Visual C++ vNext features from C++11

 

 

The final branding for the new version hasn’t been announced yet; for now, I’m supposed to say "Visual C++ in Visual Studio 11 Developer Preview". its _MSC_VER macro is 1700.  (That macro is of interest to people who want to target different major versions of VC and emit different code for them.)  I say VC10 and VC11 because they’re nice and simple – the 11 in VC11 does not refer to a year.  (VS 2010 == VC10 was a confusing coincidence.)

If you read C++0x Core Language Features In VC10: The Table last year, the following table will look familiar to you.  This time, I started with GCC’s table again, but I reorganized it more extensively for increased accuracy and clarity (as many features went through significant revisions):

C++11 Core Language Features

VC10

VC11

Rvalue references v0.1, v1.0, v2.0, v2.1, v3.0

v2.0

v2.1*

ref-qualifiers

No

No

Non-static data member initializers

No

No

Variadic templates v0.9, v1.0

No

No

Initializer lists

No

No

static_assert

Yes

Yes

auto v0.9, v1.0

v1.0

v1.0

Trailing return types

Yes

Yes

Lambdas v0.9, v1.0, v1.1

v1.0

v1.1

decltype v1.0, v1.1

v1.0

v1.1**

Right angle brackets

Yes

Yes

Default template arguments for function templates

No

No

Expression SFINAE

No

No

Alias templates

No

No

Extern templates

Yes

Yes

nullptr

Yes

Yes

Strongly typed enums

Partial

Yes

Forward declared enums

No

Yes

Attributes

No

No

constexpr

No

No

Alignment

TR1

Partial

Delegating constructors

No

No

Inheriting constructors

No

No

Explicit conversion operators

No

No

char16_t and char32_t

No

No

Unicode string literals

No

No

Raw string literals

No

No

Universal character names in literals

No

No

User-defined literals

No

No

Standard-layout and trivial types

No

Yes

Defaulted and deleted functions

No

No

Extended friend declarations

Yes

Yes

Extended sizeof

No

No

Inline namespaces

No

No

Unrestricted unions

No

No

Local and unnamed types as template arguments

Yes

Yes

Range-based for-loop

No

No

override and final v0.8, v0.9, v1.0

Partial

Partial

Minimal GC support

Yes

Yes

noexcept

No

No

C++11 Core Language Features: Concurrency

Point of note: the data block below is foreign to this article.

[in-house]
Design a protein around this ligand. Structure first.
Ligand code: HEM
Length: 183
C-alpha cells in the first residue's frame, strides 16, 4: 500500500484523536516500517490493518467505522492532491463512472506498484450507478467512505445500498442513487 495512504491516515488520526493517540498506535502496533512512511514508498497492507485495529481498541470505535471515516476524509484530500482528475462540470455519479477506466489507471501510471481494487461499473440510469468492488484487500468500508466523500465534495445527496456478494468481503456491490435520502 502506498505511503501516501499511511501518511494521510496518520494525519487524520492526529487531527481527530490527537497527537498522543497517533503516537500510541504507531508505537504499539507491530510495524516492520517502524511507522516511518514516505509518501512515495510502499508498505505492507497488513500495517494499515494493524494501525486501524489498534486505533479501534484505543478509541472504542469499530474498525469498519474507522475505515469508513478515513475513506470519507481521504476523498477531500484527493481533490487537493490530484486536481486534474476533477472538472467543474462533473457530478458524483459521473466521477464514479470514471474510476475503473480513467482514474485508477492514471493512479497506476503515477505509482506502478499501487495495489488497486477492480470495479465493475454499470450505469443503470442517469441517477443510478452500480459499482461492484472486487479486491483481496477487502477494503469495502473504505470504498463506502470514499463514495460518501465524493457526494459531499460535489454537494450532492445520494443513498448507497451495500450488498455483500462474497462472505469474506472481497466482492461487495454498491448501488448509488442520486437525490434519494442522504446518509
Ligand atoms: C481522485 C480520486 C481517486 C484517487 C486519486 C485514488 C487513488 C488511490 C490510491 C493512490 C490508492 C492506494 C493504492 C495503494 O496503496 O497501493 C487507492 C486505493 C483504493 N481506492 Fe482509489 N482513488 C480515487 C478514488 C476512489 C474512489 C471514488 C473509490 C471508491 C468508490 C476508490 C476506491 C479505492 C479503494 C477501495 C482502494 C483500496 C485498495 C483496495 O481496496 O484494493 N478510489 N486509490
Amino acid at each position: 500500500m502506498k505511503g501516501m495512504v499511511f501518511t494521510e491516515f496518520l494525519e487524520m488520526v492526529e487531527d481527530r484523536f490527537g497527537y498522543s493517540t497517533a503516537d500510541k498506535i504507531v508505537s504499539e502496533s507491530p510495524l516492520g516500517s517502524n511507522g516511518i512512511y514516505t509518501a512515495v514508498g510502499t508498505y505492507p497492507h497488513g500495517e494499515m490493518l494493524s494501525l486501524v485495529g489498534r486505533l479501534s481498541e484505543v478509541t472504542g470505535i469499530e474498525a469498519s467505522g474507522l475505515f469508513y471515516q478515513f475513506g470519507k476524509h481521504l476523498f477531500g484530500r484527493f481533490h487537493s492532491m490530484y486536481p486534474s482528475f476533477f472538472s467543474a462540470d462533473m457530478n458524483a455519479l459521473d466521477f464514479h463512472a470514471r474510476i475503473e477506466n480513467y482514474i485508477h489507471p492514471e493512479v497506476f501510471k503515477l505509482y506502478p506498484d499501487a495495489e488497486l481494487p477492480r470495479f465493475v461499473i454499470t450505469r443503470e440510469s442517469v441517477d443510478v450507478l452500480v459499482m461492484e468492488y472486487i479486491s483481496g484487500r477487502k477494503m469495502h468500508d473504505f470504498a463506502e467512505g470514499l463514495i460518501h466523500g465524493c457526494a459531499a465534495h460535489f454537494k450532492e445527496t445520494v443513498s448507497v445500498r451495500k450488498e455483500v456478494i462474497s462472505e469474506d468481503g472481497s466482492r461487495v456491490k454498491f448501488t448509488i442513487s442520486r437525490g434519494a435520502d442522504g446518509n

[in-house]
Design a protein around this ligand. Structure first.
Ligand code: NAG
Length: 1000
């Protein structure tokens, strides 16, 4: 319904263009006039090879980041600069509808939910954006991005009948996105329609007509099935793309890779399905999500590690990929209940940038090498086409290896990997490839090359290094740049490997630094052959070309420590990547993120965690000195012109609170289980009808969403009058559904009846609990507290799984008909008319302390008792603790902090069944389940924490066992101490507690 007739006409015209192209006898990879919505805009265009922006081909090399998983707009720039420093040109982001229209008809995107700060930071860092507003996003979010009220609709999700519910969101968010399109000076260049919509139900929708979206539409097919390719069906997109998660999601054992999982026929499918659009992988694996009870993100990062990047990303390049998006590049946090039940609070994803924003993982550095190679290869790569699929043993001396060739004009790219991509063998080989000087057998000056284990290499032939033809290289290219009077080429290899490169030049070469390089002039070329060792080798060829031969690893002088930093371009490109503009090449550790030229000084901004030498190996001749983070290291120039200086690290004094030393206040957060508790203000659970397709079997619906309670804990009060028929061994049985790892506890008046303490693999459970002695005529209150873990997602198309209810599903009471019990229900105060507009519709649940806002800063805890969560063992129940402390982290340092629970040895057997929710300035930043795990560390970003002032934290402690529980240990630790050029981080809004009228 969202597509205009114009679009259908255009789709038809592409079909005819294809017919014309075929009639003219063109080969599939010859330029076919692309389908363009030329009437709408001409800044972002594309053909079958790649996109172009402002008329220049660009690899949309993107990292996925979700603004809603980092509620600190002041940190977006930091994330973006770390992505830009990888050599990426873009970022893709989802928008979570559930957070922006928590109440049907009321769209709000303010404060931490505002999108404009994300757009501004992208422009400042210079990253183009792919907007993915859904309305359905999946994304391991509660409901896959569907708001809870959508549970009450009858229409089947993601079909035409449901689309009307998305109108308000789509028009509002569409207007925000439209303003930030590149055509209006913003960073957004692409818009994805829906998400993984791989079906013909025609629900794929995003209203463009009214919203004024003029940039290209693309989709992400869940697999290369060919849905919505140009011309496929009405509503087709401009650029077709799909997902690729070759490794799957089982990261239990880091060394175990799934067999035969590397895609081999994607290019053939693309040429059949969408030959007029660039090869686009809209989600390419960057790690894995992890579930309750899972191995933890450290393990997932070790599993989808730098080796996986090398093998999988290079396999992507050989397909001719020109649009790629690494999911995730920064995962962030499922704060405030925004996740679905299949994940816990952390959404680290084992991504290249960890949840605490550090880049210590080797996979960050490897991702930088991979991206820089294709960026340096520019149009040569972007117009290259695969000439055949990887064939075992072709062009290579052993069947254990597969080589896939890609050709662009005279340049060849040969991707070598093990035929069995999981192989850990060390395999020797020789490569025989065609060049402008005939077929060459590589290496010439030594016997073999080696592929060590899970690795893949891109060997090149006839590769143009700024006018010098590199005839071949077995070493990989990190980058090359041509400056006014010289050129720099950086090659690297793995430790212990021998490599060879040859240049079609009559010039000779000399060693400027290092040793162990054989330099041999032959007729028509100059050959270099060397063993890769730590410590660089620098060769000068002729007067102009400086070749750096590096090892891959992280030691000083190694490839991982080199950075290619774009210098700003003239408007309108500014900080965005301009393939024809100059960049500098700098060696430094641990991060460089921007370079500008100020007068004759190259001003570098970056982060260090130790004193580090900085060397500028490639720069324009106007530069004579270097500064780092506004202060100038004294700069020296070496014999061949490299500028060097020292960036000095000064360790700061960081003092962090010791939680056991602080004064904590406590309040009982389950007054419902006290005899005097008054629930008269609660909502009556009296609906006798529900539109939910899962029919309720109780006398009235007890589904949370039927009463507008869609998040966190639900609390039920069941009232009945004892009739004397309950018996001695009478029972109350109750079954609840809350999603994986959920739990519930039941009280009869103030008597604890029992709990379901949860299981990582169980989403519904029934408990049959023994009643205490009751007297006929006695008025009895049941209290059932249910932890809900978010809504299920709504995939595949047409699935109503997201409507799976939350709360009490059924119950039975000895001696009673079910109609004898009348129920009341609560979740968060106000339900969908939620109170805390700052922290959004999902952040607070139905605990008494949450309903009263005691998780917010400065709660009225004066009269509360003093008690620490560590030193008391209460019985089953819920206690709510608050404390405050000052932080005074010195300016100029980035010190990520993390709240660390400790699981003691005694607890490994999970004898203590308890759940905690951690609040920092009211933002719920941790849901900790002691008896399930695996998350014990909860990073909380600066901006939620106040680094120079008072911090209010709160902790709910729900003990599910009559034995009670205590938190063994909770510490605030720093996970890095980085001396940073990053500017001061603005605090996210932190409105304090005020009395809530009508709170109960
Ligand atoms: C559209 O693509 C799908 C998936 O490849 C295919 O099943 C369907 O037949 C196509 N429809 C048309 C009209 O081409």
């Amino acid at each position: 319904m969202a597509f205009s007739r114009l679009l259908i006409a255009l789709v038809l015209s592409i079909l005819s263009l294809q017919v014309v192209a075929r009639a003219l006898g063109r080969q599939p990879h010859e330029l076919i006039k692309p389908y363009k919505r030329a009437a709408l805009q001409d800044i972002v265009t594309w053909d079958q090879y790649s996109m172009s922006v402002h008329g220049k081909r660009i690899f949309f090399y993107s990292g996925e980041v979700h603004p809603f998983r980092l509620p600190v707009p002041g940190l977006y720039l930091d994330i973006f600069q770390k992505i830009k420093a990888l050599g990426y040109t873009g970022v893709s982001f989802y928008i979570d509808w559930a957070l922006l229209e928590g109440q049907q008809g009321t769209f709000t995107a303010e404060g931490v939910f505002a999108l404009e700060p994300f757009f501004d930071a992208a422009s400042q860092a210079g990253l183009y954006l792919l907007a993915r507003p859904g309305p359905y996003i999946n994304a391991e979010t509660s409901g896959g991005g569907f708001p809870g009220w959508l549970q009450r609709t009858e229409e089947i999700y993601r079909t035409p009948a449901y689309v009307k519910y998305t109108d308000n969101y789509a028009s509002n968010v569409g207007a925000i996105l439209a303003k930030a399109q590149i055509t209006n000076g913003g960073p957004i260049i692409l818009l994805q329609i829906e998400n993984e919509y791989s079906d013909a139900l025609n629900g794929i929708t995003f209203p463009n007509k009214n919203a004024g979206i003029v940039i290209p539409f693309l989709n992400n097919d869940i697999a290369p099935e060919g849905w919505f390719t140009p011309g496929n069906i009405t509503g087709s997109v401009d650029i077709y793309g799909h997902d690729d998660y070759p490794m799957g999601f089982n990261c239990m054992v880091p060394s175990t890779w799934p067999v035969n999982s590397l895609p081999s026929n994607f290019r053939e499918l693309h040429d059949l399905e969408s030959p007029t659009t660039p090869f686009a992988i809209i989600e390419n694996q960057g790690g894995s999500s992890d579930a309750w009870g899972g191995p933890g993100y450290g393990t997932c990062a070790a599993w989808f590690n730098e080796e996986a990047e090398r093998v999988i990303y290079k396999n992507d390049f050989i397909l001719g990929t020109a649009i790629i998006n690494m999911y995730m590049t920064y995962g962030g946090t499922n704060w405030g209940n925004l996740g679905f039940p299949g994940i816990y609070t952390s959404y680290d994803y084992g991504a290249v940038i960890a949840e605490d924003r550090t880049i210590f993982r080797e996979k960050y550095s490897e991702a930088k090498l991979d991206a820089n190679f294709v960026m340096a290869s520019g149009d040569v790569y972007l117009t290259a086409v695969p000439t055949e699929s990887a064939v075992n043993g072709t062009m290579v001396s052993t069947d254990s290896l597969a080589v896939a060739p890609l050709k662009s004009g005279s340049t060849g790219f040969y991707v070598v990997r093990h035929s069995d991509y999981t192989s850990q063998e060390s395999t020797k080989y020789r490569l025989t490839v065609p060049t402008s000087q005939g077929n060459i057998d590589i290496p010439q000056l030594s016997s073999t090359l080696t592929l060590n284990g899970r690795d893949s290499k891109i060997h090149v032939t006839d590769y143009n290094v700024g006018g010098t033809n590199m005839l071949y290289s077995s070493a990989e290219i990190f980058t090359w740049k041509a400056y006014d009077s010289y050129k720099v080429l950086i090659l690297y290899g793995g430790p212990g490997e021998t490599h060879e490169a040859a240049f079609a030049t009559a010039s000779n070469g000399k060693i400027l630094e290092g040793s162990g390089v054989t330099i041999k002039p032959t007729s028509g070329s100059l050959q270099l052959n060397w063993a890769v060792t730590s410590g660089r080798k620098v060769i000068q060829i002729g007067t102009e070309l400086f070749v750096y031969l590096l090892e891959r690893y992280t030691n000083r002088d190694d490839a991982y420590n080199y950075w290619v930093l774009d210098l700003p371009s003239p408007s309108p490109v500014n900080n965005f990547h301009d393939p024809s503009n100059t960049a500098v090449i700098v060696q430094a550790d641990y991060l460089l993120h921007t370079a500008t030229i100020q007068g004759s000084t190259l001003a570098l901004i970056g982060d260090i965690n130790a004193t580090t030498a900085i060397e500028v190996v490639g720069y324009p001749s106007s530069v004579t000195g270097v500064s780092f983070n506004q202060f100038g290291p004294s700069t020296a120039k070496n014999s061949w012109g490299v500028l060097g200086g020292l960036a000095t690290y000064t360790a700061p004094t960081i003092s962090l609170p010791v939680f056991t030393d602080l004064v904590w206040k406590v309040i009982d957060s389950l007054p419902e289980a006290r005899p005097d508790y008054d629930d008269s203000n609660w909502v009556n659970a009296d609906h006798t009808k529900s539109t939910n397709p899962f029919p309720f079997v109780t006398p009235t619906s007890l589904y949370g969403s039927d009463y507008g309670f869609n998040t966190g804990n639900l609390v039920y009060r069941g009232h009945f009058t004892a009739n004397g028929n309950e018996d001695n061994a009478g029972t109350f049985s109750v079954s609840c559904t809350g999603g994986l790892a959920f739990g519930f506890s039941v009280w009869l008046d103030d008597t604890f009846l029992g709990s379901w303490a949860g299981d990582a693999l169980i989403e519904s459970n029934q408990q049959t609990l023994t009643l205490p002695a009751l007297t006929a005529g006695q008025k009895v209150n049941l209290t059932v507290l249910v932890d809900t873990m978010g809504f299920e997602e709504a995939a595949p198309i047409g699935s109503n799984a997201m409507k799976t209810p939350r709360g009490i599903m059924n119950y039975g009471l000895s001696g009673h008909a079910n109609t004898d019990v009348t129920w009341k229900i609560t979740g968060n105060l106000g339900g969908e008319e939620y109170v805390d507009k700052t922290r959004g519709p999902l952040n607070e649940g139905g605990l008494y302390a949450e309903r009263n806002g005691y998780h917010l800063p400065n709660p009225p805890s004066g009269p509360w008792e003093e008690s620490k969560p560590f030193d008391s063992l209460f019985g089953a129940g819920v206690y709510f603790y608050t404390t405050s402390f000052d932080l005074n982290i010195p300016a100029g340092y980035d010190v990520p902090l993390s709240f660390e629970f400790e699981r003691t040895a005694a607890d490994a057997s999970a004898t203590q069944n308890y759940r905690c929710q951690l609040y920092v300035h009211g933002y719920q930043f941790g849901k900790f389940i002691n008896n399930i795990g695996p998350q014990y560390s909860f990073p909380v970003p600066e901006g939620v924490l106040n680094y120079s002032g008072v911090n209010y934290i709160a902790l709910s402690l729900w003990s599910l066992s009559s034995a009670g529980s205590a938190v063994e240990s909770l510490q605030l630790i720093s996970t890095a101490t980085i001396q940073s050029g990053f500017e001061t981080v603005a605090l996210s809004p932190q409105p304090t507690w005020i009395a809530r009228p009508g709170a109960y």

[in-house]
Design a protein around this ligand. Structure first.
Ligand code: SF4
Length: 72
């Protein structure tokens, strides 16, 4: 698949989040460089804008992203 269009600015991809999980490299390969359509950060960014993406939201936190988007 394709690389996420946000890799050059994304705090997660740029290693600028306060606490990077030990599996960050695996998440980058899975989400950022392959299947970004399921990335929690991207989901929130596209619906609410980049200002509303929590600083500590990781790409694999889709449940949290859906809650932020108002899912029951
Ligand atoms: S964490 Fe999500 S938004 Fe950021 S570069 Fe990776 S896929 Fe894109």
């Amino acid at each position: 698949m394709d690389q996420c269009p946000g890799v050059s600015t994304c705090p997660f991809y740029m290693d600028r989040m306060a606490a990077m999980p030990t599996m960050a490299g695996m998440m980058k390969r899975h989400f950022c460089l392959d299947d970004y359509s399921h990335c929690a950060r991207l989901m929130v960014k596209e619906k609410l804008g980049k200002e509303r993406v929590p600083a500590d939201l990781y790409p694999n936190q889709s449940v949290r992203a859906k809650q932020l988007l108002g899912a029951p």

VC10

VC11

Reworded sequence points

N/A

N/A

Atomics

No

Yes

Strong compare and exchange

No

Yes

Bidirectional fences

No

Yes

Memory model

N/A

N/A

Data-dependency ordering

No

Yes

Data-dependency ordering: function annotation

No

No

exception_ptr

Yes

Yes

quick_exit and at_quick_exit

No

No

Atomics in signal handlers

No

No

Thread-local storage

Partial

Partial

Magic statics

No

No

C++11 Core Language Features: C99

VC10

VC11

__func__

Partial

Partial

C99 preprocessor

Partial

Partial

long long

Yes

Yes

Extended integer types

N/A

N/A

Here’s a quick guide to this table, but note that I can’t explain everything from scratch without writing a whole book, so this assumes moderate familiarity with what’s in C++11:

Rvalue references: N1610 "Clarification of Initialization of Class Objects by rvalues" was an early attempt to enable move semantics without rvalue references.  I’m calling it "rvalue references v0.1", as it’s of historical interest only.  It was superseded by rvalue references v1.0, the original wording.  Rvalue references v2.0, which is what we shipped in VC10 RTM/SP1, prohibits rvalue references from binding to lvalues, fixing a major safety problem.  Rvalue references v2.1 refines this rule.  Consider vector<string>::push_back(), which has the overloadspush_back(const string&) and push_back(string&&), and the call v.push_back("meow").  The expression "meow" is a string literal, and it is an lvalue.  (All other literals like 1729 are rvalues, but string literals are special because they’re arrays.)  The rvalue references v2.0 rules looked at this and said, string&& can’t bind to "meow" because "meow" is an lvalue, so push_back(const string&) is the only viable overload.  This would create a temporary std::string, copy it into the vector, then destroy the temporary std::string.  Yuck!  The rvalue references v2.1 rules recognize that binding string&& to "meow" would create a temporary std::string, and that temporary is an rvalue.  Therefore, both push_back(const string&) and push_back(string&&) are viable, and push_back(string&&) is preferred. 

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